The horizontal axis indicates the size of the product in base pairs, the vertical axis shows arbitrary fluorescence units. The various arrows indicate the products of different genomes: A, A genome, B, B genome, D, D genome, U, unassigned additional product.
FIG. 26 shows the results obtained by amplification using the SBE II-Intron 10 primer set (primer set 11: da5.seq and WBE2E11R on the wheat lines:
The horizontal axis indicates the size of the product in base pairs, the vertical axis shows arbitrary fluorescence units. The various arrows indicate the products of different genomes: A, A genome. B, B genome, D, D genome.
FIGS. 27A-R show the results of transient expression assays typical of each promoter and target tissue. The photographs (40× magnification) of representative tissue resulting from the transient expression assays typical of each promoter and target tissue revealed under a Leica microscope with blue light illumination. Photographs were taken 48 to 72 hours after tissue bombardment. The promoter constructs are listed as follows, (with the panels showing endosperm, embryo and leaf expression listed in respective order): pact_jsgfp_nos (panels a,g and m); pwsssIpro1gfpNOT (panels b, h and n); pwsssIpro2gfpNOT (panels c, i and o); psbeIIpro1gfpNOT (panels d, j and p); psbeIIpro2gfpNOT (panels e, k and q); pZLgfpNOT (Panels f, l and r).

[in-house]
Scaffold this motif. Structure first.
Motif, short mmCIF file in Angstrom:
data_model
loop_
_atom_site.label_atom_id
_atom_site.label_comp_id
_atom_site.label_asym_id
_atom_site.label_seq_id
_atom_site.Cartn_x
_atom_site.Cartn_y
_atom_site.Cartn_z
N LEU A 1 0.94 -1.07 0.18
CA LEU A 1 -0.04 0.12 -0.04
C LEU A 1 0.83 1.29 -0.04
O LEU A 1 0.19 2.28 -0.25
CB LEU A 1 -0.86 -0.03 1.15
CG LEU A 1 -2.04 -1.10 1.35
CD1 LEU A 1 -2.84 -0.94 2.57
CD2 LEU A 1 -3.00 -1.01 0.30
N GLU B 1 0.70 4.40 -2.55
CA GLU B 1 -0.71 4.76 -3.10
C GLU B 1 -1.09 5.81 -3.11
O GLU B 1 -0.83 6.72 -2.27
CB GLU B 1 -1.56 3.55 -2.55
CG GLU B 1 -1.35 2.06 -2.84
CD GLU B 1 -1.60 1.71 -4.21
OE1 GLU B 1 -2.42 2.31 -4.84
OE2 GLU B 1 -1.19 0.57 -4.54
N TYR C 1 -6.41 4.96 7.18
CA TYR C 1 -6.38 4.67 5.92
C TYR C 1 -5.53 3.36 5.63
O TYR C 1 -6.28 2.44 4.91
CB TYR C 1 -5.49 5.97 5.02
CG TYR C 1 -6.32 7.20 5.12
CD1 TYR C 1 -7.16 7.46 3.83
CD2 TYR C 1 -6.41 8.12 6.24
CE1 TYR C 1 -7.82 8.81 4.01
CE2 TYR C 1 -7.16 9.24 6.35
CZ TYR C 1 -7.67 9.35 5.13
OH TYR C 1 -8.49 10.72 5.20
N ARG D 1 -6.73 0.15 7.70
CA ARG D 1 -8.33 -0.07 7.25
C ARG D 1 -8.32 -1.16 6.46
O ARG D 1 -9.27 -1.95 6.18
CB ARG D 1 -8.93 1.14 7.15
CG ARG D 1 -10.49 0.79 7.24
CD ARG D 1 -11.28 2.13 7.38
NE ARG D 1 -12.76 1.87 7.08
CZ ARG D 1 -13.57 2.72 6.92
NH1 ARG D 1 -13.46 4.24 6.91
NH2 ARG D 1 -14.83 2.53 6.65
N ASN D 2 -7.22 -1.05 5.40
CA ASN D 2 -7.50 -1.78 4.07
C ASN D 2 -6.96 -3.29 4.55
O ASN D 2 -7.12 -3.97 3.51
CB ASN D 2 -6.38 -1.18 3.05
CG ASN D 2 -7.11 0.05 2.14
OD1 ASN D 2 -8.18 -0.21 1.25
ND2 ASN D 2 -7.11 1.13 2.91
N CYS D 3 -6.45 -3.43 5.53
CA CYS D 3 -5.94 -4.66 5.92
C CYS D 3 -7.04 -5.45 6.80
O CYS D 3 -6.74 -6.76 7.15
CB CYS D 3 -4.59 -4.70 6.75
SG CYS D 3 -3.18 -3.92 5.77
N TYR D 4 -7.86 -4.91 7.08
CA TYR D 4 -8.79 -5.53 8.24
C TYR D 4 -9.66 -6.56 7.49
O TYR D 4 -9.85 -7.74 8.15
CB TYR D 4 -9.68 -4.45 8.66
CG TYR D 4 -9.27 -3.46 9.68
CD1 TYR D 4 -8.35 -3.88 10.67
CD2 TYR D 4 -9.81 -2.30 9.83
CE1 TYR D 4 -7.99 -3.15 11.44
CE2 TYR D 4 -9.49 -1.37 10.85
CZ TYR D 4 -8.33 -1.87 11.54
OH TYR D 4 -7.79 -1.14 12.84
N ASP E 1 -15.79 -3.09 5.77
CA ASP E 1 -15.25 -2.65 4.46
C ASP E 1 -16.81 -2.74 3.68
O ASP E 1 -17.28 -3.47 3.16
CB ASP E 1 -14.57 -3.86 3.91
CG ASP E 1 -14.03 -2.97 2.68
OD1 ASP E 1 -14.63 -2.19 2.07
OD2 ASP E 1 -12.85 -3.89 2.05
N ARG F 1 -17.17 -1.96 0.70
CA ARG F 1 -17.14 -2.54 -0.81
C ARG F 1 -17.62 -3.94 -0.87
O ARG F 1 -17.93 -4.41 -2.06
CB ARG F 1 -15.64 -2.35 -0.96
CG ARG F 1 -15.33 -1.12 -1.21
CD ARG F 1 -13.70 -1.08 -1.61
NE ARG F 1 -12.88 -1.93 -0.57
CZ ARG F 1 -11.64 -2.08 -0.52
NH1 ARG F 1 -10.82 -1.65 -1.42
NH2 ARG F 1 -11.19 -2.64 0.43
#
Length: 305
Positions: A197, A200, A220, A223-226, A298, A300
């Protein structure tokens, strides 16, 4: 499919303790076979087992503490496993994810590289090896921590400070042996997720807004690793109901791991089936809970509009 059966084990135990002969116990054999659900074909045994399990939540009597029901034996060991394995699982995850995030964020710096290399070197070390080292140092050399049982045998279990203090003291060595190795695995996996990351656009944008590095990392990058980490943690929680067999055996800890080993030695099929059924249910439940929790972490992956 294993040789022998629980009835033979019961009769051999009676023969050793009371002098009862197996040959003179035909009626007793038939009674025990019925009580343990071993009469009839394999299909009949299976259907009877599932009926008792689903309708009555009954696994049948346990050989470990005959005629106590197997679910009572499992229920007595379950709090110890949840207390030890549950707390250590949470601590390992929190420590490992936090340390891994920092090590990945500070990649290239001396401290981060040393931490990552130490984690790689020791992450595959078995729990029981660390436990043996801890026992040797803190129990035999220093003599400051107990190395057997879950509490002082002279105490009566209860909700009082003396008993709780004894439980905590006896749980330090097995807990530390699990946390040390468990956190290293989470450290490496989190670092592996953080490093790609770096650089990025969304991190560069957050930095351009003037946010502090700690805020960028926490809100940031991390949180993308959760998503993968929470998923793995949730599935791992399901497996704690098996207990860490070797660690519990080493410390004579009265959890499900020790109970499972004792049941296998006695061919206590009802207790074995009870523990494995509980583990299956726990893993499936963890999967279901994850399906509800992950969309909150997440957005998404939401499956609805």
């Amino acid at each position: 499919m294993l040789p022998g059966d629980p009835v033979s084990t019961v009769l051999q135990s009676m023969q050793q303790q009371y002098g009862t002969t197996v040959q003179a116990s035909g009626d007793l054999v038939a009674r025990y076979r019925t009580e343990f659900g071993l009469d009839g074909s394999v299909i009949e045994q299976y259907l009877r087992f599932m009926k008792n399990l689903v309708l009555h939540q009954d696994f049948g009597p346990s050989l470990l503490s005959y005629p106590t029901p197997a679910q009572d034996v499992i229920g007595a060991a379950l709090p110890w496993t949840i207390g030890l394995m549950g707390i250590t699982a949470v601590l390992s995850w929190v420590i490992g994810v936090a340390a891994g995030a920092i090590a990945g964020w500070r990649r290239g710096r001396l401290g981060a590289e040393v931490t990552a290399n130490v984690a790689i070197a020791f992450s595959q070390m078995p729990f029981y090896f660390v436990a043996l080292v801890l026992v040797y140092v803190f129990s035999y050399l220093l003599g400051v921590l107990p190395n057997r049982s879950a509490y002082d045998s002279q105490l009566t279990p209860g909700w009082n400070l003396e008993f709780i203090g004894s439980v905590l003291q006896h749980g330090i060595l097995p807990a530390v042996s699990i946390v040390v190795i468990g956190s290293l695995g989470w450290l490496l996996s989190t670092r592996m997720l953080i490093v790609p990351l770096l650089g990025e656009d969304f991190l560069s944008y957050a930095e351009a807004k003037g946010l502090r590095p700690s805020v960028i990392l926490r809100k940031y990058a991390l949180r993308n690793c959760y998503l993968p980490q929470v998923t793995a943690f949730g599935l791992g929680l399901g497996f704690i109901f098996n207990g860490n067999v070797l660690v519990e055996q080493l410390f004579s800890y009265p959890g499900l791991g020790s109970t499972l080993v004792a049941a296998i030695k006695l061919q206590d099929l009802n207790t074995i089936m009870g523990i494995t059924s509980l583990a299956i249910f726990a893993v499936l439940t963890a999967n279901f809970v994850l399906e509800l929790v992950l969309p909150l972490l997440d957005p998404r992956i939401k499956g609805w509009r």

Construction of Genomic Library and Isolation of Clones
The genomic library used in this study was constructed from Triticum tauschii, var. strangulate, accession number CPI 100799. Of all the accessions of T. tauschii surveyed, the genome of CPI 100799 is the most closely related to the D genome of hexaploid wheat.
Triticum tauschii, var strangulata (CPI accession number 110799) was kindly provided bv Dr E Lagudah. Leaves were isolated from plants grown in tne glasshouse.